New “Star Wars” movies use better technology


Having watched both the original films and the new series from “Star Wars,” the new “Star Wars” movies, simply put, are better than the old movies. Not in terms of plot, or the story itself, but in terms of what makes a movie immersive. The cinematography, VFX and actors were all better. The scenery, and especially the action sequences of the new sequel, are more refined and show the improvements in editing technology after the original movies. The camera work and editing on the new movies are obviously better too, and those factors play a large role in the way audiences view the movies.

First off, the immersiveness and realism of the new movies are massively improved compared to the originals, which is important when audiences try to suspend their reality. Although the new series doesn’t have as many planets or diversity as the original films, the new planets Disney has created are higher quality and have an overall better look and feel compared to the original settings. By no means does this mean the original series was bad, nor does it mean they were supremely inferior to the new movies, but it does mean that the technological advances in the Disney era made it just that much more interesting to an extent that the new movies became better. While it is true that the new movies absolutely needed the old movies to exist in the first place, the expansion of the old plot, massively improved computer aided visual effects, and the better acting make the new movies a large generational improvement over the old. The improved visuals, which make up a large part in the Star Wars movies and shows, have drastically improved. Obviously, the movies have looked better with time, however, evident improvements do not detract from the movie itself. 

Second, the execution of the ideas of the sequels both look better and were played better, and even though the plot of the main movies overall were less developed, the improvements justify a lower quality plot. While it is true that the new movies rely on the old trilogy, as long as the movies are improved, the legacy made from the movies do not matter. Not only this, the new shows that Disney produced such as “The Mandalorian” and “The Book of Boba Fett” greatly expand on the old plots and general “Star Wars” lore, and those shows make up for the lack of plot development the sequels had. Even though other Disney shows like “Rebels” were not as good, they still developed massive plot lines and helped evolve the already deep backstory that the originals had.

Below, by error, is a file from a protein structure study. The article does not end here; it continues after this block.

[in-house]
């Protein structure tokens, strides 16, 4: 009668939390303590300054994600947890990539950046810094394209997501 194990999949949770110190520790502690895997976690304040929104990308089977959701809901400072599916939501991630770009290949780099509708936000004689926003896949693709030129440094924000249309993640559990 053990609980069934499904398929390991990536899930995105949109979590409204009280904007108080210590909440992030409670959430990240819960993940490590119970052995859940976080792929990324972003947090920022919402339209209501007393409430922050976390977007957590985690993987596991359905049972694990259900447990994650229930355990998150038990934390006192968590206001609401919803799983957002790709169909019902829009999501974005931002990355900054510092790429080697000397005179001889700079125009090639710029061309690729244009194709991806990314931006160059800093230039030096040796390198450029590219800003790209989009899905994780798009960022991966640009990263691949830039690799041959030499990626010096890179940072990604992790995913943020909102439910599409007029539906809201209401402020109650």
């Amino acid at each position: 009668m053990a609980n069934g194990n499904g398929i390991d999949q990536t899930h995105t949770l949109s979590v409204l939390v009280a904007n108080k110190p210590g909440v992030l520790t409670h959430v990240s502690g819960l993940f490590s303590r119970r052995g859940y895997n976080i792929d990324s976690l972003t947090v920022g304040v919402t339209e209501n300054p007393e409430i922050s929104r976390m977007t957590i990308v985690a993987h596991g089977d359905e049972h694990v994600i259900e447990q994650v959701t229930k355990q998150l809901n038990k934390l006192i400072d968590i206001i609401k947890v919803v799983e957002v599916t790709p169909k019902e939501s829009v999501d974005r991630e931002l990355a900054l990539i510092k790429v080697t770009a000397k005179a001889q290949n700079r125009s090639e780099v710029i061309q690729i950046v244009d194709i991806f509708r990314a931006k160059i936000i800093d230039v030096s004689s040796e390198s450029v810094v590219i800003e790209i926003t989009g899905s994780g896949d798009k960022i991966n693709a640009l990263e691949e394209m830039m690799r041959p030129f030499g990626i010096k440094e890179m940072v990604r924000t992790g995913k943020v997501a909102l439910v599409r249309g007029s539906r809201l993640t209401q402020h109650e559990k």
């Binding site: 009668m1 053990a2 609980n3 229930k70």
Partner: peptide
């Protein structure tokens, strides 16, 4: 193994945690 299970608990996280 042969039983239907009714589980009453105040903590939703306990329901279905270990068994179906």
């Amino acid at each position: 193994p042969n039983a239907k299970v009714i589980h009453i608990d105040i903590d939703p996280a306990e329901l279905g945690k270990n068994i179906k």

Third, the development of the characters in the new trilogy, while not as fleshed-out as the originals, are still more than enough, and while some aspects of the new trilogy may not meet the same standard that the originals did, they are still acceptable. To be fair, the performances from Harrison Ford and Carrie Fisher were great, but the acting from Adam Driver and Daisy Ridley is simply brilliant. Although the characters created in the original movies were far more interesting than the new, the way the new actors portray the story make them arguably just as good as the old. 

Numerous people complain that because some of the ideas in the new movies do not meet certain standards that were seen in the originals, it automatically makes the new movies worse, although true to the extent that they may not create the same legacies as the old, does not mean that they are objectively worse. Even with some films falling short, others such as “Rogue One,” and “Solo,” both bring complex characters, more developed plots, and improvements in which Disney did not originally incorporate into the new movies. 

Despite the lesser aspects of the new plots and characters, the positives justify the negatives to make the new movies enough of an improvement to be seen as an improvement to the originals.